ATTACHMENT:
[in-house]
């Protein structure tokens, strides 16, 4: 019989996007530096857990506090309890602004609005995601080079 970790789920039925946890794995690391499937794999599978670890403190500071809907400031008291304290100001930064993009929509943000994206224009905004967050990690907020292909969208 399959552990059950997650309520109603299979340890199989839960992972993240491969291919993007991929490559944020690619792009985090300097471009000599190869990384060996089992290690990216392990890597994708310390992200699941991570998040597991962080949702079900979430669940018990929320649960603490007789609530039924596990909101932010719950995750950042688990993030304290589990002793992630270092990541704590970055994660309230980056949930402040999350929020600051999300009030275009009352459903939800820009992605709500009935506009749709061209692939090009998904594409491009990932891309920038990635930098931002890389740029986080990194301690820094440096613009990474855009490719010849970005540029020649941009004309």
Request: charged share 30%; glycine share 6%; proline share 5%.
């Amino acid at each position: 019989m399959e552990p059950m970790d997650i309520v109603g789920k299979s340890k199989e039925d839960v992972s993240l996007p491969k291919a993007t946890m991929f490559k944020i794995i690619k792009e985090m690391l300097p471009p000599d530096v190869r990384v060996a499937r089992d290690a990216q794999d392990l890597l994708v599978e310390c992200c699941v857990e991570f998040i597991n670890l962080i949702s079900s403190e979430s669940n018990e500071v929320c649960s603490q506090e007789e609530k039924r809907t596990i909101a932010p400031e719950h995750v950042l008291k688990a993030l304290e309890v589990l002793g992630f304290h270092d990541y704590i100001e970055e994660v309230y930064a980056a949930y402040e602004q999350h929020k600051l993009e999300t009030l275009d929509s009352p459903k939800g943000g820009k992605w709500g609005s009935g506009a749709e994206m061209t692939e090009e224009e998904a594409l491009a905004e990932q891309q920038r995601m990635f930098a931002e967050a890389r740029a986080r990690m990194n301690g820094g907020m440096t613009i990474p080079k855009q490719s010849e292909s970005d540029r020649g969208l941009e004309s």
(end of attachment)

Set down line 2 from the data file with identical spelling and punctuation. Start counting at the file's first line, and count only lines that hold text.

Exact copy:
């Protein structure tokens, strides 16, 4: 019989996007530096857990506090309890602004609005995601080079 970790789920039925946890794995690391499937794999599978670890403190500071809907400031008291304290100001930064993009929509943000994206224009905004967050990690907020292909969208 399959552990059950997650309520109603299979340890199989839960992972993240491969291919993007991929490559944020690619792009985090300097471009000599190869990384060996089992290690990216392990890597994708310390992200699941991570998040597991962080949702079900979430669940018990929320649960603490007789609530039924596990909101932010719950995750950042688990993030304290589990002793992630270092990541704590970055994660309230980056949930402040999350929020600051999300009030275009009352459903939800820009992605709500009935506009749709061209692939090009998904594409491009990932891309920038990635930098931002890389740029986080990194301690820094440096613009990474855009490719010849970005540029020649941009004309």